"Each problem that I solved became a rule which served afterwards to solve other problems. "

Rene Descartes






Contents © 2004-2011 Massachusetts
General Hospital


Success in this complex endeavor depends heavily on a coherent set of strategies, programs, and budgets that support the interactive research network. The principal investigator (PI), Dr. Ronald G. Tompkins, and the awardee institution, the Massachusetts General Hospital (MGH) in Boston, have the overall responsibility for scientific and technical direction as well as administration and overall operations of the multiple-site research program. The PI also insures the development of consensus on study design, uniform treatment methods, uniform research animal models, and pathways that are operative and important to better understand the body's response to injury. The PI insures the timely dissemination of information generated by the program to program participants, the wider scientific community, and the public. At the MGH, a program manager and finance manager support the principal investigator in carrying out this ambitious research program.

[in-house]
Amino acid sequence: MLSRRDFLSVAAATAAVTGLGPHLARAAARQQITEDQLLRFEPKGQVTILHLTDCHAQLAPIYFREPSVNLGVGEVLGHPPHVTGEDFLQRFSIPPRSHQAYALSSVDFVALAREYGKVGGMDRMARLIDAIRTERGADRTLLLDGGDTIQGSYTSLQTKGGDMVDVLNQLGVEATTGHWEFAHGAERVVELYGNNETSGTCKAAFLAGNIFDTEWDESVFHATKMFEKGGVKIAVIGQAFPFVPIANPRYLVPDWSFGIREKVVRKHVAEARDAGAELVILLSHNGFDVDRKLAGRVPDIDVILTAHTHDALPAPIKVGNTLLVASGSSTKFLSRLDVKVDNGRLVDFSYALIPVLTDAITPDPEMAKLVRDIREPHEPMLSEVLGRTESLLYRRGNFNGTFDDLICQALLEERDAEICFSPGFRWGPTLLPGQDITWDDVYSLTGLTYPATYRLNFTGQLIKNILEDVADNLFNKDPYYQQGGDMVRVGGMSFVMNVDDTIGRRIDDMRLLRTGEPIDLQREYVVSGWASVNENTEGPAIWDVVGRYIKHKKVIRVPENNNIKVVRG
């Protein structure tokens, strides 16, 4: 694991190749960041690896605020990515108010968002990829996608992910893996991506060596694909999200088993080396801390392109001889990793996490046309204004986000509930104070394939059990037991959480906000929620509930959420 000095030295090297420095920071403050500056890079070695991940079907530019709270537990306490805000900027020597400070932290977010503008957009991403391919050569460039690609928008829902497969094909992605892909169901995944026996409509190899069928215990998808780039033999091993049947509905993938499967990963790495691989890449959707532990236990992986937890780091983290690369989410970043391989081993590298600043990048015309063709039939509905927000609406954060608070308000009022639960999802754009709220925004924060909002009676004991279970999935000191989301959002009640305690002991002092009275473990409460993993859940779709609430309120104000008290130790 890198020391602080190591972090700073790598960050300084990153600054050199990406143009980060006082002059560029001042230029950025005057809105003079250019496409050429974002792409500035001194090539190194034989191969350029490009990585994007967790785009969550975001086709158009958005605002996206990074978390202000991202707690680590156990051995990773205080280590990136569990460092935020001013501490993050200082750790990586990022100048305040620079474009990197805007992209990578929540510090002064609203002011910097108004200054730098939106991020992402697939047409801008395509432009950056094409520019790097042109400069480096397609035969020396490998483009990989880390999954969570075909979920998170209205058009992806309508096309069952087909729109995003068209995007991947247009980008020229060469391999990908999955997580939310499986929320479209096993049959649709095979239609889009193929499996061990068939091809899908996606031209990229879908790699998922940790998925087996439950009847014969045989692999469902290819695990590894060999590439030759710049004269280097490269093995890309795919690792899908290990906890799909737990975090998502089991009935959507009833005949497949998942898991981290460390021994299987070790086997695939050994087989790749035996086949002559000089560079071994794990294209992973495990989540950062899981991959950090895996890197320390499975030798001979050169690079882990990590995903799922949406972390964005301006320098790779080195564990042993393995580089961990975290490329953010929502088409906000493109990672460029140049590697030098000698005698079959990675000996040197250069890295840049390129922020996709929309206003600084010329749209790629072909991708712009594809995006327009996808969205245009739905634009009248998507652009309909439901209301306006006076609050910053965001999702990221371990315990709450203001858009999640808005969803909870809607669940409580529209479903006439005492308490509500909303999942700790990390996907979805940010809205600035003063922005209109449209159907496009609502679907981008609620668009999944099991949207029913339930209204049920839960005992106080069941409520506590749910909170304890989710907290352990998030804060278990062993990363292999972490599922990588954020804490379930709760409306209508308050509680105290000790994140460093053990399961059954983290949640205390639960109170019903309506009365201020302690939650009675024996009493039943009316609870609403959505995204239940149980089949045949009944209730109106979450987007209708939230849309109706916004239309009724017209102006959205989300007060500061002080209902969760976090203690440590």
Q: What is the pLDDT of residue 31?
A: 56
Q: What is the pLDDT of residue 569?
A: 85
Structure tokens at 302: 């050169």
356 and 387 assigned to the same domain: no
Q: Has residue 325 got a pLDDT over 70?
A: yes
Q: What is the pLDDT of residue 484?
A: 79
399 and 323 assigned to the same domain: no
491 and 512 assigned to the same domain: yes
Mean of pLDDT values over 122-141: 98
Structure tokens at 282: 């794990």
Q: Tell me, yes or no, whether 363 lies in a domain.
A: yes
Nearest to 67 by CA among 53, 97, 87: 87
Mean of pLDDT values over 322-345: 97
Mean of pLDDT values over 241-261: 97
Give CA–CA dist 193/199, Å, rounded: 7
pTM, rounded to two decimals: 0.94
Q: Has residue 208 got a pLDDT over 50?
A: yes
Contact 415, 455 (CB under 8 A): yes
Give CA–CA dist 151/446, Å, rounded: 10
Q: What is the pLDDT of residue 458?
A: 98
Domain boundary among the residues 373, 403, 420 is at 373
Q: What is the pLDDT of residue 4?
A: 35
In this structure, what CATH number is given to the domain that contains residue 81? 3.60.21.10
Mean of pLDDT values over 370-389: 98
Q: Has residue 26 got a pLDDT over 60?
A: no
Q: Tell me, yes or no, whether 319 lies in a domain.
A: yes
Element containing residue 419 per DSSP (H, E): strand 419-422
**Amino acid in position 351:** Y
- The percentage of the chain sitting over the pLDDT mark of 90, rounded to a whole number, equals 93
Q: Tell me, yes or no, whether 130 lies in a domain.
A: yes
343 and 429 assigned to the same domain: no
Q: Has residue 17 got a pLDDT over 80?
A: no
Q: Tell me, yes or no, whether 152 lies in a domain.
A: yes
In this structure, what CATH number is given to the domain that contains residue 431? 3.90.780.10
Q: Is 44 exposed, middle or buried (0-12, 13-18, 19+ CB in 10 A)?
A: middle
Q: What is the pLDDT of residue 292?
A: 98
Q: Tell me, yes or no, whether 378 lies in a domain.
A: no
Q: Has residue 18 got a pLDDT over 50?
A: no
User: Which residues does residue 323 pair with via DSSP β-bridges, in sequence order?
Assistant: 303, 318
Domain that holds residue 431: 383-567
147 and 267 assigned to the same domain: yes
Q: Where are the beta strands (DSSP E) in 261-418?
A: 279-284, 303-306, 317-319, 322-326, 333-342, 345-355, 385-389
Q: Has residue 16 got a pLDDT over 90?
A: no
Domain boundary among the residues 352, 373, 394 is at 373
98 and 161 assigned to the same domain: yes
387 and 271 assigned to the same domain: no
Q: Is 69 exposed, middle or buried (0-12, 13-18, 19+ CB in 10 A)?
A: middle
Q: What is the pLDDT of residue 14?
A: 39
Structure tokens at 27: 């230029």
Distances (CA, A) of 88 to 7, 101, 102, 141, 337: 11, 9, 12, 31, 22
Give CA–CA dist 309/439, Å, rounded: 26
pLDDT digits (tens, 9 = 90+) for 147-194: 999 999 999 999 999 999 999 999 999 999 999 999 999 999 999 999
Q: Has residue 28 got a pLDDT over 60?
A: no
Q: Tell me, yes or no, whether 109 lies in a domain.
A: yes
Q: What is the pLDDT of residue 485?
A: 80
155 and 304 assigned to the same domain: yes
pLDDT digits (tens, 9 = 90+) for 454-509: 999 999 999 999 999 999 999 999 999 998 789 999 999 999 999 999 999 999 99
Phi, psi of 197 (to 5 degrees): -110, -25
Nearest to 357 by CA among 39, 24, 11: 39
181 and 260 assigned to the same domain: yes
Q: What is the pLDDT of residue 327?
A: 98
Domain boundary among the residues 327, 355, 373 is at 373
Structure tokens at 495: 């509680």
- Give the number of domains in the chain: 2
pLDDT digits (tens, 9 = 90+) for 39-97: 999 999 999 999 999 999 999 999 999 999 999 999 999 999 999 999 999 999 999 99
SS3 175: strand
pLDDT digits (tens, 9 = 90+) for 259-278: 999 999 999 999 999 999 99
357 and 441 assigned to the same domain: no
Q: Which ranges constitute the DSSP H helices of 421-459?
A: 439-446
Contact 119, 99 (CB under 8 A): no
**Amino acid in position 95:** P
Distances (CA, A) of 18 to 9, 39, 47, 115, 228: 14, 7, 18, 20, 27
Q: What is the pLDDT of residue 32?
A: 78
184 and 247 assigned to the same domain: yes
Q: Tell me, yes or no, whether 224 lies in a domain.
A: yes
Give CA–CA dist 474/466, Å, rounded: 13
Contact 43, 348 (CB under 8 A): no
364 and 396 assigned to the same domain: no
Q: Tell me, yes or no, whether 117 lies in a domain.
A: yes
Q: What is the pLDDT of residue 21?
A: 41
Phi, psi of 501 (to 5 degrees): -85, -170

Seven core groups provided the foundation for Inflammation and the Host Response to Injury in the original five-year award:

  1. Protein Analyses and Cell Biology (Proteomics)
  2. Genomics
  3. Patient Research
  4. Model Validation
  5. Information Dissemination and Data Coordination
  6. Computational Analysis and Modeling
  7. Administration

In the second five-year award, a natural evolution and growth of our Program has resulted in two of our original cores being further subdivided, and one core being funded by other sources.

  1. Cell Separation and Sample Preparation
  2. Proteomics
  3. Genomics
  4. Patient Research
  5. Information Dissemination and Data Coordination
  6. Clinical Biostatistics
  7. Data Interpretation
  8. Administration

Each group has its own advisory committee and core director(s).

Several considerations guided the selection of program participants in order to provide a sufficient number of key players with both expertise and credibility in the research areas of interest, while including enough proven leaders to implement change. Our participating investigators were chosen because they have proven NIH funding histories (particularly, NIGMS support) in basic research, including trauma and burns.

Additional investigators, who also run successful federally funded research programs and a few investigators with other peer-reviewed sources of funding, were added to the group to provide expertise in areas or technologies not otherwise represented. The group as a whole is heavily weighted at the university professor level appointment, yet there are several young investigators who are actively participating in the core groups and on the steering committee.